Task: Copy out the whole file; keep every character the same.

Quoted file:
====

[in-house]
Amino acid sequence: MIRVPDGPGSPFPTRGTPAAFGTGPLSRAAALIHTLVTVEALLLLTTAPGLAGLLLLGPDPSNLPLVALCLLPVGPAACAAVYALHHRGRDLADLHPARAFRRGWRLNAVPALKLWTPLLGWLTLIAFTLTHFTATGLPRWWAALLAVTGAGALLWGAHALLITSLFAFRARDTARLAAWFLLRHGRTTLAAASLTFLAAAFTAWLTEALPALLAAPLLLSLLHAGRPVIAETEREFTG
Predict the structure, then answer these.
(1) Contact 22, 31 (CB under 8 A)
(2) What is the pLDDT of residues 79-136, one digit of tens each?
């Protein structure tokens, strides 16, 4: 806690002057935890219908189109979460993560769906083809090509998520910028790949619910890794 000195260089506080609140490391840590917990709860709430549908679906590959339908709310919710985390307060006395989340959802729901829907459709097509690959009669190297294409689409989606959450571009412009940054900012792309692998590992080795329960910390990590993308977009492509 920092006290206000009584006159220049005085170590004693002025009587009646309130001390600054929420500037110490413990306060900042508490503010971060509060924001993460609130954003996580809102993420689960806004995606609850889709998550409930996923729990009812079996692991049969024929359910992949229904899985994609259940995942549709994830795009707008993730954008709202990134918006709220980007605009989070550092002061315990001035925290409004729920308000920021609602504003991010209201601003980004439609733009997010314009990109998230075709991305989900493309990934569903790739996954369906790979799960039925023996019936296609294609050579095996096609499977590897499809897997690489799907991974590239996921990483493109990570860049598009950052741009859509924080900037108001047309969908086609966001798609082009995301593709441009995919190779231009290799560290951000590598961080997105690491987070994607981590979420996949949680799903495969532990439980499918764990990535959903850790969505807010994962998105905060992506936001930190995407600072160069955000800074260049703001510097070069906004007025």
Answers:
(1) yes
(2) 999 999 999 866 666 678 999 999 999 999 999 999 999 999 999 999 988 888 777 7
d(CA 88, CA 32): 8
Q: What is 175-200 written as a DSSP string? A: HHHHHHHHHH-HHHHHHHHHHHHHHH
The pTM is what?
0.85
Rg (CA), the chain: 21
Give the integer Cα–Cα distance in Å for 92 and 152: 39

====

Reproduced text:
[in-house]
Amino acid sequence: MIRVPDGPGSPFPTRGTPAAFGTGPLSRAAALIHTLVTVEALLLLTTAPGLAGLLLLGPDPSNLPLVALCLLPVGPAACAAVYALHHRGRDLADLHPARAFRRGWRLNAVPALKLWTPLLGWLTLIAFTLTHFTATGLPRWWAALLAVTGAGALLWGAHALLITSLFAFRARDTARLAAWFLLRHGRTTLAAASLTFLAAAFTAWLTEALPALLAAPLLLSLLHAGRPVIAETEREFTG
Predict the structure, then answer these.
(1) Contact 22, 31 (CB under 8 A)
(2) What is the pLDDT of residues 79-136, one digit of tens each?
């Protein structure tokens, strides 16, 4: 806690002057935890219908189109979460993560769906083809090509998520910028790949619910890794 000195260089506080609140490391840590917990709860709430549908679906590959339908709310919710985390307060006395989340959802729901829907459709097509690959009669190297294409689409989606959450571009412009940054900012792309692998590992080795329960910390990590993308977009492509 920092006290206000009584006159220049005085170590004693002025009587009646309130001390600054929420500037110490413990306060900042508490503010971060509060924001993460609130954003996580809102993420689960806004995606609850889709998550409930996923729990009812079996692991049969024929359910992949229904899985994609259940995942549709994830795009707008993730954008709202990134918006709220980007605009989070550092002061315990001035925290409004729920308000920021609602504003991010209201601003980004439609733009997010314009990109998230075709991305989900493309990934569903790739996954369906790979799960039925023996019936296609294609050579095996096609499977590897499809897997690489799907991974590239996921990483493109990570860049598009950052741009859509924080900037108001047309969908086609966001798609082009995301593709441009995919190779231009290799560290951000590598961080997105690491987070994607981590979420996949949680799903495969532990439980499918764990990535959903850790969505807010994962998105905060992506936001930190995407600072160069955000800074260049703001510097070069906004007025």
Answers:
(1) yes
(2) 999 999 999 866 666 678 999 999 999 999 999 999 999 999 999 999 988 888 777 7
d(CA 88, CA 32): 8
Q: What is 175-200 written as a DSSP string? A: HHHHHHHHHH-HHHHHHHHHHHHHHH
The pTM is what?
0.85
Rg (CA), the chain: 21
Give the integer Cα–Cα distance in Å for 92 and 152: 39